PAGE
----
‘The Knick’ Recap 1×7: Race Riots for Dummies

Well now, that’s more like it. Much like Doctor Thackery and Nurse Elkins, after six weeks of teasing us, making us believe that some real action must be just around the corner, this week <em>The Knick </em>decided to just go for it.

Racial tensions run high on The Knick.
Racial tensions run high on The Knick.(Showtime)
Well now, that’s more like it.

Much like Doctor Thackery and Nurse Elkins, after six weeks of teasing us, making us believe that some real action must be just around the corner, this week The Knick decided to just go for it.

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I don’t know how I feel about this as an overall strategy for a television show—it made for some slow-moving episodes and generally odd pacing for most of the season—but it definitely made for an explosively satisfying hour.

The racial tensions that have been simmering for weeks are finally about to boil over. But first, lest we forget who the protagonist of this ensemble show is, we get two scenes starring Doctor Thackery, neither of which has anything to do with what comes after.

In a flashback, we see Thackery presenting his new discovery, a method for locating the appendix, to the applause of Doctor Christiensen and a gallery full of doctors. Both doctors are totally hopped up on their good friend cocaine.

Thackery is wakened from dreaming of this by one of his Chinese prostitutes—a patron of the opium den is choking. Thackery gives him an emergency tracheotomy and then goes off to the hospital.

Where he is just in time to treat the prostitute-procuring policeman from last episode, Phinny Sears. See, Officer Sears was plying his trade in the Tenderloin, somehow deciding that since a black woman was walking on the street, she must be a streetwalker. Well, her boyfriend doesn’t much like that, and he stabs Sears in the kidneys a few times for his trouble.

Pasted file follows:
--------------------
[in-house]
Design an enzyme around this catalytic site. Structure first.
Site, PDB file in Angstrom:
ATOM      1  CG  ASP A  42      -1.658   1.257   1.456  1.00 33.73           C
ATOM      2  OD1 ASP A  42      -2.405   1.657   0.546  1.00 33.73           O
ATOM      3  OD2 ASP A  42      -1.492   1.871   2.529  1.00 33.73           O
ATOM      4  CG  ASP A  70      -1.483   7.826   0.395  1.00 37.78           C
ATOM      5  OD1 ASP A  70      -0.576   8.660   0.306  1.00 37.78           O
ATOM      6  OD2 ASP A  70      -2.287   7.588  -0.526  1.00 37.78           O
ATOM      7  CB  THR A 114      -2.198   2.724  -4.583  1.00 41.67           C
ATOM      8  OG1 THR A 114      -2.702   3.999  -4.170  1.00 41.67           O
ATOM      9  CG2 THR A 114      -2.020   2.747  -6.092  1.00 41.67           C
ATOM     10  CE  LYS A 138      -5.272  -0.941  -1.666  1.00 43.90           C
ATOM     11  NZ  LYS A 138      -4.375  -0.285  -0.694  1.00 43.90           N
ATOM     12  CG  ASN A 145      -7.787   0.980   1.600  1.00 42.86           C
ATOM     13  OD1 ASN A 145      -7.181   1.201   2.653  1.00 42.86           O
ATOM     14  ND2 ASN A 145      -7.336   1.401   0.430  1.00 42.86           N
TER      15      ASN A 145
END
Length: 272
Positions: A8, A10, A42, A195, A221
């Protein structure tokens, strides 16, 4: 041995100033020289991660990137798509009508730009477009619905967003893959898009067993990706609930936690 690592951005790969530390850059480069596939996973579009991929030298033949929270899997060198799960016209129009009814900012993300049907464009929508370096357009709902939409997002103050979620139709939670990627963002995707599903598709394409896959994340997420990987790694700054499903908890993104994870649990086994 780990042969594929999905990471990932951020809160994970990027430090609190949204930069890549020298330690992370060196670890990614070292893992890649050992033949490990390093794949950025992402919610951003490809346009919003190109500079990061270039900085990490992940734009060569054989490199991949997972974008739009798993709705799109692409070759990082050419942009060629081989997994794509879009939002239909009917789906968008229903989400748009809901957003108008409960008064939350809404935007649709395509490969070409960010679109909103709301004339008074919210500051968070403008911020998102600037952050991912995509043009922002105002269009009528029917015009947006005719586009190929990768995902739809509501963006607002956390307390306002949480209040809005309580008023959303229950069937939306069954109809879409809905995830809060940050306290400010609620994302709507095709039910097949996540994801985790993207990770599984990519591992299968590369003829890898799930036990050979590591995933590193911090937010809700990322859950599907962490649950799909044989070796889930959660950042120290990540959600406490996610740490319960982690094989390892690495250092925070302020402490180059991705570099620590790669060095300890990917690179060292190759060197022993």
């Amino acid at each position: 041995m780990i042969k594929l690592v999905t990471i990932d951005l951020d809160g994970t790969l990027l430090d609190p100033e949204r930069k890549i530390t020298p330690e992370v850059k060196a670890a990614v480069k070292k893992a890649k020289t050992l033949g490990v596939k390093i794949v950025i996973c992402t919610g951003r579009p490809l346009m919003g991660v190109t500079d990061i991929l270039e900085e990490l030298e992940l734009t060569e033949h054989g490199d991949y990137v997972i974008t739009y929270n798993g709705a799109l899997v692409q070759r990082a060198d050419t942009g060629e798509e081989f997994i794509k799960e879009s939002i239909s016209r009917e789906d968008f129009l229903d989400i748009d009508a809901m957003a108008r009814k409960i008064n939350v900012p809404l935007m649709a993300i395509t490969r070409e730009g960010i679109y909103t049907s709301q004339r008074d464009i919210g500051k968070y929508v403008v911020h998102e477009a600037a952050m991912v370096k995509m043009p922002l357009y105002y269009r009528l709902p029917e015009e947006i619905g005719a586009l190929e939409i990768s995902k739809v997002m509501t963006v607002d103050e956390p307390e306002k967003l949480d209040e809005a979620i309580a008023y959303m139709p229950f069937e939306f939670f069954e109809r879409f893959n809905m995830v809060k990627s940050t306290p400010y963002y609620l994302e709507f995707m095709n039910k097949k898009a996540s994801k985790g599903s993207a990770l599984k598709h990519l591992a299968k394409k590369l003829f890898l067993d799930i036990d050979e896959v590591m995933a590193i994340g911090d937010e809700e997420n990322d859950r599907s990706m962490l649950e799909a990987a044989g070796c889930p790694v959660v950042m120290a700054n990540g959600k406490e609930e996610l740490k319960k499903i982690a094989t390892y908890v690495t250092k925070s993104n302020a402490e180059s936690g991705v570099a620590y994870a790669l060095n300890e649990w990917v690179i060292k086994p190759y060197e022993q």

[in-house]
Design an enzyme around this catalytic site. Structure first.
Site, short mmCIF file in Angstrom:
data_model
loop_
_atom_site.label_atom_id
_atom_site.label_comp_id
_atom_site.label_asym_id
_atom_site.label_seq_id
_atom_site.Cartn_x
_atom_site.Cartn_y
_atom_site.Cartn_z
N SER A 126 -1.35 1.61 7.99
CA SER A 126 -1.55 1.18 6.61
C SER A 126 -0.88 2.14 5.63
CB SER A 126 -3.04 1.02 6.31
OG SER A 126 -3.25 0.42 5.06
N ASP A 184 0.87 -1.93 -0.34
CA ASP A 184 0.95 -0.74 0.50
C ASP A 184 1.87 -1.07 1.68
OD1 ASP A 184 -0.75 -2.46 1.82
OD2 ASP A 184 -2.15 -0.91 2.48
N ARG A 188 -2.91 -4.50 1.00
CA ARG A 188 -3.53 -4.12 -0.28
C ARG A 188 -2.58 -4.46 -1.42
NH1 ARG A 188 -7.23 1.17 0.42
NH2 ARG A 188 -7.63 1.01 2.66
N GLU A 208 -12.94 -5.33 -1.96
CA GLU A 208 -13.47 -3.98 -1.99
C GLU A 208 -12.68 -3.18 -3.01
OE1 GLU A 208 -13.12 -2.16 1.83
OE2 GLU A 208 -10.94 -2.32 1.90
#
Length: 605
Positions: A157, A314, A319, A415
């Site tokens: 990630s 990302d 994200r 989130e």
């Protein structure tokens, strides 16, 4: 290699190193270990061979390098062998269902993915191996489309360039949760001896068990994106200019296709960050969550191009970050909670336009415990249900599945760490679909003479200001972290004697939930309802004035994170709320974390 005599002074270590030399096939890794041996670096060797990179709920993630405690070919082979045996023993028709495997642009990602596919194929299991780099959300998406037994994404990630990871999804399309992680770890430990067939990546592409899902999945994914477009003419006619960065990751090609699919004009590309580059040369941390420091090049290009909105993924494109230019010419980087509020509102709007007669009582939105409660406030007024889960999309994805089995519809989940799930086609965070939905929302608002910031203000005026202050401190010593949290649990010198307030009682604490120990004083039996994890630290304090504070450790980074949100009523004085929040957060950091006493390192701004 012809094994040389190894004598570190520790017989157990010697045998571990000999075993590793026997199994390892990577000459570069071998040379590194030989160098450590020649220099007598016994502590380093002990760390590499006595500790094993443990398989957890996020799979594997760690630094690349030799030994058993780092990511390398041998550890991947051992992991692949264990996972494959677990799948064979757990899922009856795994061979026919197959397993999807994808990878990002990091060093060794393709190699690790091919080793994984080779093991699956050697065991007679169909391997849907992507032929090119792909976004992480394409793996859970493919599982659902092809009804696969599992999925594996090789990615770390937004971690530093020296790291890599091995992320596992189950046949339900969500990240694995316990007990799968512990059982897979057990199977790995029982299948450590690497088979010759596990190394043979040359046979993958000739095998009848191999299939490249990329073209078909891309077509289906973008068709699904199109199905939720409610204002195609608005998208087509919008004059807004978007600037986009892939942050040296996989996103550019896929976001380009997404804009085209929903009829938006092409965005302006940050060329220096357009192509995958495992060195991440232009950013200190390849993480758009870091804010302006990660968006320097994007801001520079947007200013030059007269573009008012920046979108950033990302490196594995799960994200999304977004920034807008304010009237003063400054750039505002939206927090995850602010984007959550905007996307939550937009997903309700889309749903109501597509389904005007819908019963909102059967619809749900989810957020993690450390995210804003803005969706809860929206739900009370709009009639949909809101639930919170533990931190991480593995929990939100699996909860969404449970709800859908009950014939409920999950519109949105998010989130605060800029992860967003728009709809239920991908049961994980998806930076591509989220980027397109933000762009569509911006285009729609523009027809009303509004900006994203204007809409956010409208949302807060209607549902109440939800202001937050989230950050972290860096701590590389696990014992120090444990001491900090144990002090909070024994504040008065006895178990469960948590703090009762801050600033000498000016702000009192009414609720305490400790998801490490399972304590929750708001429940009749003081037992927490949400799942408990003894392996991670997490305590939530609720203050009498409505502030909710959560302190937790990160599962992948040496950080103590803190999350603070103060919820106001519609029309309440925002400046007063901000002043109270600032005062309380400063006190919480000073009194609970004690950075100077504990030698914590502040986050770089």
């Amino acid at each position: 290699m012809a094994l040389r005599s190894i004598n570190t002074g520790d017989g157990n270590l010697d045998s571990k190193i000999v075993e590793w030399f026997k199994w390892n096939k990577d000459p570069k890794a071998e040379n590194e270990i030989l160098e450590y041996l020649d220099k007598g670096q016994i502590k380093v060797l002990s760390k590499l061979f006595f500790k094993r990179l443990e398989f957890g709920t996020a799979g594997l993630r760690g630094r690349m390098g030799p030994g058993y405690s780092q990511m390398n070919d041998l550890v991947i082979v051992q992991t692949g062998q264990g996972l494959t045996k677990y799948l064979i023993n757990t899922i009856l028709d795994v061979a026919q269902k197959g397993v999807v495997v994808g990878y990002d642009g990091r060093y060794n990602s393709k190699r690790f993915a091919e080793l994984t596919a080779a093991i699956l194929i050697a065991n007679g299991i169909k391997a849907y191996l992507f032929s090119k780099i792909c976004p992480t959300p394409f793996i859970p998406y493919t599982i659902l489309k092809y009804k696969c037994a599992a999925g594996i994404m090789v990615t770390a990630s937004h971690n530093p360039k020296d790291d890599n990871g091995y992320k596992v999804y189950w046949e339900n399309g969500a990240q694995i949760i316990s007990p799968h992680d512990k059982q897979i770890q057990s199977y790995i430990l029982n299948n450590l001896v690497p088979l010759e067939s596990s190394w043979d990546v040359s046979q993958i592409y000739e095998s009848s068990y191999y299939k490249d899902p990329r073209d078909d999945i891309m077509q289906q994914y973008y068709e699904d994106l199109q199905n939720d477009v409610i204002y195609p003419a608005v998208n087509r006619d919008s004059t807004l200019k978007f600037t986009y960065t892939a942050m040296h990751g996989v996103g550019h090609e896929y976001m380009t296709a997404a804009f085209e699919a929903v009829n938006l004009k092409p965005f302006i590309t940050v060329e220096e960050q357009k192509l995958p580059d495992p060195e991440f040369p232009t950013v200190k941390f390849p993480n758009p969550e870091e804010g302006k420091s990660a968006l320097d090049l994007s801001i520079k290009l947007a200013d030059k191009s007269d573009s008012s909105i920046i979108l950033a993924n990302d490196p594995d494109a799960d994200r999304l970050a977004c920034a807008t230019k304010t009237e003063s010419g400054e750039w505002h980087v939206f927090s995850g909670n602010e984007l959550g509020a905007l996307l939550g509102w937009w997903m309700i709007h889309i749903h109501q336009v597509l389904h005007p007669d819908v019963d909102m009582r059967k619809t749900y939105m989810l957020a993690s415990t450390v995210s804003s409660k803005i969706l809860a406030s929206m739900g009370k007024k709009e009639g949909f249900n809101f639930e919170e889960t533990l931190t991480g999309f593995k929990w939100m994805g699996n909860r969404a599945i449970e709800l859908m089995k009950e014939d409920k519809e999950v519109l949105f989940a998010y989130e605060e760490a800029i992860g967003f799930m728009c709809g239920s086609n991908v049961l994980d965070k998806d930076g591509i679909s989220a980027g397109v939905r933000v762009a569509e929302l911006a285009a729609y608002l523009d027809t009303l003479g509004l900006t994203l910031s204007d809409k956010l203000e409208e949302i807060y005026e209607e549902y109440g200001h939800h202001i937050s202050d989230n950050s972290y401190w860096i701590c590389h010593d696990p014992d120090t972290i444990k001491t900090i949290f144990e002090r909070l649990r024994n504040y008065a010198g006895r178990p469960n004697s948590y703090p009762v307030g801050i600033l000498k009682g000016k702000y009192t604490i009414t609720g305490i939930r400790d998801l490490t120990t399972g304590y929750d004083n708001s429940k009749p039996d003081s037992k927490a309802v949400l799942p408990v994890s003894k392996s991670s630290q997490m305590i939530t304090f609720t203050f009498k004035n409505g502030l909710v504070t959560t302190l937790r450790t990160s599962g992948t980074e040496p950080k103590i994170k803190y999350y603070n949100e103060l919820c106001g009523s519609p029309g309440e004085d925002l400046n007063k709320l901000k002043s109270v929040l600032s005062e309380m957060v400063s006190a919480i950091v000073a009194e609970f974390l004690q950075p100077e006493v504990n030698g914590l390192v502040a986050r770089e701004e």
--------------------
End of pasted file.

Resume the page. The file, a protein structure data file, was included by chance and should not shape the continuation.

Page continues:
Sears’ family, along with half of the Irishmen and all the Irish cops (i.e. all the cops) in the Village, gather outside the hospital, while Thackery & co. try to save his life. Doctor Gallinger, just back from his bereavement leave, is shocked to see that in his absence, Doctor Edwards has graduated from shadowy basement-dweller to (his actual title all along) deputy chief of surgery—primarily on the strength of his invention of surgical suction, which is used to great success during the surgery. There isn’t much Gallinger can do about it except elbow Bertie and his dumb fake beard out of the way.

They patch Sears up, but he starts bleeding internally and dies, and so the already-riled-up mob outside just starts beating the shit out of random black people on the street. The pretense that they are trying to find the guy who actually killed Sears falls away in like 20 seconds. Thackery runs out of the hospital to stop (some of) them. Being that we have no reason to think he’s less racist than he was yesterday, it’s not clear why. Maybe as a doctor, he just hates to think of all those injuries?

Some of the injured come into the hospital, and Gallinger tries to kick them out, but Thackery realizes that sending them out into the streets would be a death sentence. So they segregate the ward instead. So Sears’ by-now-completely-drunk mother tells the crowd to storm the hospital to find (lynch) her son’s killer (anyone with dark skin).